Contacts: Macey Morales/Jennifer Petersen
ALA Media Relations
For Immediate Release
January 26, 2009
DENVER – A Curse Dark as Gold, written by Elizabeth C. Bunce and published by Arthur A. Levine Books, an imprint of Scholastic, Inc., has been named the inaugural winner of the William C. Morris Award, which honors a book written for young adults by a first-time, previously unpublished author. The award is presented by the Young Adult Library Services Association (YALSA), the fastest-growing division of the American Library Association (ALA), at the ALA’s Midwinter Meeting held Jan. 23 – 28 in Denver.
At the dawn of the Industrial Revolution, Charlotte Miller strikes a bargain with the malevolent Jack Spinner, who can transform straw into gold, to save her family’s mill. With masterly writing and vivid characterization and setting, Bunce weaves a powerfully seductive tale of triumph over evil.
“Bunce has crafted a story that superbly embodies the criteria for this award. Her work is compelling and has broad teen appeal,” said Chair Bonnie Kunzel. “Thoughtful reflection and spirited discussion characterized this outstanding committee’s work as its members selected a shortlist that honors the influence of William C. Morris on the field of young adult publishing.”
In her spare time, Elizabeth is an accomplished needleworker with an interest in embroidery and historical costuming. This is her first novel. Elizabeth lives near Kansas City, Missouri (in Lenexa, Kansas) with her husband and dogs. Visit her website at www.elizabethcbunce.com.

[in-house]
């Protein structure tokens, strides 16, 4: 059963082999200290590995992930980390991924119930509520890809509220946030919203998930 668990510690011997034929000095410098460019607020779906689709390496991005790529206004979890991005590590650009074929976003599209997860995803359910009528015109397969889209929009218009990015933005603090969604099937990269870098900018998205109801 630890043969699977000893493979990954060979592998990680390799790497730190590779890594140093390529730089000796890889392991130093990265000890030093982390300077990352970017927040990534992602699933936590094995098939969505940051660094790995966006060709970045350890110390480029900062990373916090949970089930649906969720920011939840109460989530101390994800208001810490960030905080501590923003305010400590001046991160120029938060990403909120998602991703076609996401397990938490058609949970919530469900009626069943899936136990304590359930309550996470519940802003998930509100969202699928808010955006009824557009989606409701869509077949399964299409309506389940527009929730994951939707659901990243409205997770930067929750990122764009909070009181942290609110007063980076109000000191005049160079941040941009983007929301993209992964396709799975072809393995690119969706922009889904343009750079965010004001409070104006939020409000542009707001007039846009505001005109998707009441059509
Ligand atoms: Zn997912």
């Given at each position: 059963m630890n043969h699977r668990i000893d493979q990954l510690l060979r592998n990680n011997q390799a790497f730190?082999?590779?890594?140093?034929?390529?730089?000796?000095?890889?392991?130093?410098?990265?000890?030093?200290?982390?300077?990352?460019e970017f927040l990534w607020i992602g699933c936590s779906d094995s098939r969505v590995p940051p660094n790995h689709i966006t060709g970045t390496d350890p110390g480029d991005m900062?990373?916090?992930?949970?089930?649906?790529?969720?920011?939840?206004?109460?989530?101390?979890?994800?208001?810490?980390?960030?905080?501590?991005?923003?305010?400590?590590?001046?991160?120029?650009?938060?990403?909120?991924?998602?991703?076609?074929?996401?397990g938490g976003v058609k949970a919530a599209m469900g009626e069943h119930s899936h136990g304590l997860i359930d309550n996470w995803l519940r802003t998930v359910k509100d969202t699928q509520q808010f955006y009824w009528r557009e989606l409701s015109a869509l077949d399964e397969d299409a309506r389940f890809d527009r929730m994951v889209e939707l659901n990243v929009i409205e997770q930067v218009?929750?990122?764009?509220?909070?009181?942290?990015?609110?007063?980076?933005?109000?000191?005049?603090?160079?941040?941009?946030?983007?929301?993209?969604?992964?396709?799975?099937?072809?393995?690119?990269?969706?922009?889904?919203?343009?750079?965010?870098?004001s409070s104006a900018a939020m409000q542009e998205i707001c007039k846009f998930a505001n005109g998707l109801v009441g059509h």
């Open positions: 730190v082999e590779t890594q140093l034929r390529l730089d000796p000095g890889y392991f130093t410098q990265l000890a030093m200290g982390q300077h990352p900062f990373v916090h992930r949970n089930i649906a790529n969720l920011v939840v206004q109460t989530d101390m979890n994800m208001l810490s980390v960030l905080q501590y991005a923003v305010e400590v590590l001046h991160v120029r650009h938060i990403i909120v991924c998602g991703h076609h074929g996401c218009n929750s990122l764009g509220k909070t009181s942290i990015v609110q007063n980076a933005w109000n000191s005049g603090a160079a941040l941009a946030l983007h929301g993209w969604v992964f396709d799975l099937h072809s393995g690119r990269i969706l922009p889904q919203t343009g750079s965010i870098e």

The award is named for William C. Morris, an influential innovator in the publishing world and an advocate for marketing books for children and young adults. William “Bill” Morris left an impressive mark on the field of children’s and young adult literature. He was beloved in the publishing field and the library profession for his generosity and marvelous enthusiasm for promoting literature for children and teens. The Morris Award will be awarded annually at ALA’s Midwinter Youth Media Awards.
In addition to “A Curse Dark as Gold,” the Morris Award finalists include: “Graceling,” written by Kristin Cashore, published by Harcourt, an imprint of Houghton Mifflin Harcourt; “Absolute Brightness,” written by James Lecesne, published by HarperTeen/Laura Geringer Books; “Madapple,” written by Christina Meldrum, published by Alfred A. Knopf, an imprint of Random House Children's Books; and “Me, The Missing, and the Dead,” written by Jenny Valentine, published by HarperTeen.
Members of the 2009 William C. Morris Award are: Chair Bonnie Kunzel, youth services consultant, Germantown, Tenn.; Molly Krichten, Guthrie Memorial Library - Hanover's (Pa.) Public Library; Jeanette Larson, Pflugerville, Texas; Cindy Lombardo, Cleveland Public Library; Walter Mayes, Girls’ Middle School, Mountain View, Calif.; Susan Riley, Mount Kisco (N.Y.) Public Library; Ian Rosenior, Miami Beach (Fla.) Regional Library, Miami-Dade (Fla.) Public Library System; Gail Tobin, Schaumburg (Ill.) Township District Library; Diane Tuccillo, Harmony Library, Fort Collins (Colo.) Regional Library District; Susan Fichtelberg, administrative assistant, Public Library of Woodbridge(N.J); and Booklist Consultant, Ilene Cooper.
For more than 50 years, YALSA has been the world leader in selecting books, videos, and audio books for teens. For more information about YALSA or for lists of recommended reading, viewing and listening, go to www.ala.org/yalsa/booklists.
For more information on the William C. Morris Award and other ALA literary awards, please visit www.ala.org/yma .